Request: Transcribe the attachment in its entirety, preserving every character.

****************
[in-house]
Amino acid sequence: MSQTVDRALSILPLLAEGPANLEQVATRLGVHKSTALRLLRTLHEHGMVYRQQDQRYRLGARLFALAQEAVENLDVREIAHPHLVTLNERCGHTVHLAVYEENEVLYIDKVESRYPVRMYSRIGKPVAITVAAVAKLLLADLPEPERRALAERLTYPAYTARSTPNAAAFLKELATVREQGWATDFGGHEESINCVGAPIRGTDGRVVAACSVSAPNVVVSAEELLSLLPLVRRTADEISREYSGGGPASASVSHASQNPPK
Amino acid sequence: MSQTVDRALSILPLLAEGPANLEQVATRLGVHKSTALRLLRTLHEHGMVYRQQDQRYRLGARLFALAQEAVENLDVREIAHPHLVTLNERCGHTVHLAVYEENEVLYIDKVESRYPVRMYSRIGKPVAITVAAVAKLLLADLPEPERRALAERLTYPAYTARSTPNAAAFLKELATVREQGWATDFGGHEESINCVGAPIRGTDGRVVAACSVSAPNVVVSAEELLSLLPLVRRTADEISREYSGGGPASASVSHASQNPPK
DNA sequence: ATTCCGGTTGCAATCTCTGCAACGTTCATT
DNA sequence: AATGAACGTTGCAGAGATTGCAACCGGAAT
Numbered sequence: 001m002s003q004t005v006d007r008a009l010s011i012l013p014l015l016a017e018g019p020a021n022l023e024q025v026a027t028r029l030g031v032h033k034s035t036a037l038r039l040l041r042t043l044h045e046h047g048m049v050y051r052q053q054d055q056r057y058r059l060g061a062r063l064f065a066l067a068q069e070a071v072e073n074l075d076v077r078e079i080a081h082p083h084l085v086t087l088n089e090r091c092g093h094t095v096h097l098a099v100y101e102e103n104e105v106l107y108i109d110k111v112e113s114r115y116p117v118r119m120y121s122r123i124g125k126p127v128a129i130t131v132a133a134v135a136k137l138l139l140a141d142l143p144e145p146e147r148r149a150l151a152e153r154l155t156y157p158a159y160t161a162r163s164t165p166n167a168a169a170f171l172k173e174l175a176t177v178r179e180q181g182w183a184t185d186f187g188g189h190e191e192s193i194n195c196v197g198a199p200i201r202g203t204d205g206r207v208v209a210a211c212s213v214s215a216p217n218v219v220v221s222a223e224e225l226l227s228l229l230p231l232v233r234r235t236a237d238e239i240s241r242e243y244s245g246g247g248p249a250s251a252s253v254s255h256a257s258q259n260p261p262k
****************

[in-house]
Amino acid sequence: MSQTVDRALSILPLLAEGPANLEQVATRLGVHKSTALRLLRTLHEHGMVYRQQDQRYRLGARLFALAQEAVENLDVREIAHPHLVTLNERCGHTVHLAVYEENEVLYIDKVESRYPVRMYSRIGKPVAITVAAVAKLLLADLPEPERRALAERLTYPAYTARSTPNAAAFLKELATVREQGWATDFGGHEESINCVGAPIRGTDGRVVAACSVSAPNVVVSAEELLSLLPLVRRTADEISREYSGGGPASASVSHASQNPPK
Amino acid sequence: MSQTVDRALSILPLLAEGPANLEQVATRLGVHKSTALRLLRTLHEHGMVYRQQDQRYRLGARLFALAQEAVENLDVREIAHPHLVTLNERCGHTVHLAVYEENEVLYIDKVESRYPVRMYSRIGKPVAITVAAVAKLLLADLPEPERRALAERLTYPAYTARSTPNAAAFLKELATVREQGWATDFGGHEESINCVGAPIRGTDGRVVAACSVSAPNVVVSAEELLSLLPLVRRTADEISREYSGGGPASASVSHASQNPPK
DNA sequence: ATTCCGGTTGCAATCTCTGCAACGTTCATT
DNA sequence: AATGAACGTTGCAGAGATTGCAACCGGAAT
Numbered sequence: 001m002s003q004t005v006d007r008a009l010s011i012l013p014l015l016a017e018g019p020a021n022l023e024q025v026a027t028r029l030g031v032h033k034s035t036a037l038r039l040l041r042t043l044h045e046h047g048m049v050y051r052q053q054d055q056r057y058r059l060g061a062r063l064f065a066l067a068q069e070a071v072e073n074l075d076v077r078e079i080a081h082p083h084l085v086t087l088n089e090r091c092g093h094t095v096h097l098a099v100y101e102e103n104e105v106l107y108i109d110k111v112e113s114r115y116p117v118r119m120y121s122r123i124g125k126p127v128a129i130t131v132a133a134v135a136k137l138l139l140a141d142l143p144e145p146e147r148r149a150l151a152e153r154l155t156y157p158a159y160t161a162r163s164t165p166n167a168a169a170f171l172k173e174l175a176t177v178r179e180q181g182w183a184t185d186f187g188g189h190e191e192s193i194n195c196v197g198a199p200i201r202g203t204d205g206r207v208v209a210a211c212s213v214s215a216p217n218v219v220v221s222a223e224e225l226l227s228l229l230p231l232v233r234r235t236a237d238e239i240s241r242e243y244s245g246g247g248p249a250s251a252s253v254s255h256a257s258q259n260p261p262k